Jewish Journal

Dr. Darvish, making his patients feel like the leader of the free world

by Karmel Melamed

November 20, 2007 | 7:33 pm

This week’s Newsweek magazine story on “presidential physical” exams offered to the public by Dr. Raphael Darvish, a local Iranian Jewish physician, caught my eye. Darvish is the latest example of how rising stars in our community are really making a splash on the national scene with their new ideas and unique innovations. His Brentwood clinic, “Concierge Medicine L.A.”, is the first and the only clinic in the country offering individuals the same comprehensive medical tests the President of the United States receives each year. His clinic’s unique physical exam has also been covered by the local media including the L.A. Daily News and local television news broadcasts on KTLA Channel 5 and KTTV Fox Channel 11. The Newsweek article suggests that the clinic’s presidential physical is not only saving lives by spotting unknown health problems, but giving patients the peace of mind that they’re receiving the “best of the best” possible care:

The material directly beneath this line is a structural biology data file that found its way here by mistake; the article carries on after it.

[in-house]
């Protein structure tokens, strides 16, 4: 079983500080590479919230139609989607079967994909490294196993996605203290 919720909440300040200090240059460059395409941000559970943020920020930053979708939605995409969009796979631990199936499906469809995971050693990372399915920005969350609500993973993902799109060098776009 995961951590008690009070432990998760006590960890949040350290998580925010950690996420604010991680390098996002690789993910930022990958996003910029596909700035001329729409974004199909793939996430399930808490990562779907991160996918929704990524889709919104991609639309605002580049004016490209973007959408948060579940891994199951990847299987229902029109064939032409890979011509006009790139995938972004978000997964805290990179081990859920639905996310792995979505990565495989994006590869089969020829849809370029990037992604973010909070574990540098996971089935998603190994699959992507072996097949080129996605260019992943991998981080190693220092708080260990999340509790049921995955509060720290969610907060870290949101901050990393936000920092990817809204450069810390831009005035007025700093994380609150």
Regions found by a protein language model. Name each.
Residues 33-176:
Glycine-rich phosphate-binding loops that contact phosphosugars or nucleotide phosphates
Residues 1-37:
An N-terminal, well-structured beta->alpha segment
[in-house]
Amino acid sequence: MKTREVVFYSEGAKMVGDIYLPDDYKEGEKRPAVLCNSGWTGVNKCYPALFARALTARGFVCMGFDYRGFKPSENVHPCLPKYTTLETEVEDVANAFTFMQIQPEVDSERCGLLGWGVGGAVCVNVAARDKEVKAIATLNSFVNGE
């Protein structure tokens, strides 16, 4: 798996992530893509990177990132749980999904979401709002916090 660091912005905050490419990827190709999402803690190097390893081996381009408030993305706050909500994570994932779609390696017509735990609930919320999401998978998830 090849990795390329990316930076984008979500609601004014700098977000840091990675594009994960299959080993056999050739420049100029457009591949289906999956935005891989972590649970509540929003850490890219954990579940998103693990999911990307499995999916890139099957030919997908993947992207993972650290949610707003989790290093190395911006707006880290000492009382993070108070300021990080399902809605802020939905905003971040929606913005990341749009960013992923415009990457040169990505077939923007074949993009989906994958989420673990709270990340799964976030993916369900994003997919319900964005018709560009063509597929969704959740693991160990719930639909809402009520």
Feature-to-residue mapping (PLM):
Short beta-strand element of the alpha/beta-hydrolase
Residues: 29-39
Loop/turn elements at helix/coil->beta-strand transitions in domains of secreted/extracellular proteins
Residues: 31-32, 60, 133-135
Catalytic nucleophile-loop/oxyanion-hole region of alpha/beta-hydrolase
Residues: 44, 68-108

“The presidential program goes further, making each patient feel like the leader of the free world. The price of a Presidential Physical starts at $1,400. Since the clinic started offering them last November, about 600 people have had one, says Concierge’s medical director, Dr. Raphael Darvish.”

Darvish is by far not your run of the mill Iranian Jewish doctor. He’s a fourth generation physician who has an MBA from UCLA and a rich family history known for being pioneers in the Iranian Jewish community. Most folks in our community are not aware that his great-grandfather, Dr. Habib Levy , was one of the first Jewish officers in the Iranian military and among the first Jews to leave Iran and obtain higher educations in Europe. Levy returned to Iran not only to treat members of the Iranian royal family as their dentist but also dedicated his life to recording Iranian Jewish oral history. Levy’s book, “Comprehensive History of the Jews of Iran” is perhaps the most read and accurate record of our community’s history in Iran during the last 2,500 years. So the apple certainly doesn’t fall from the tree with Darvish who is following in those same foot steps.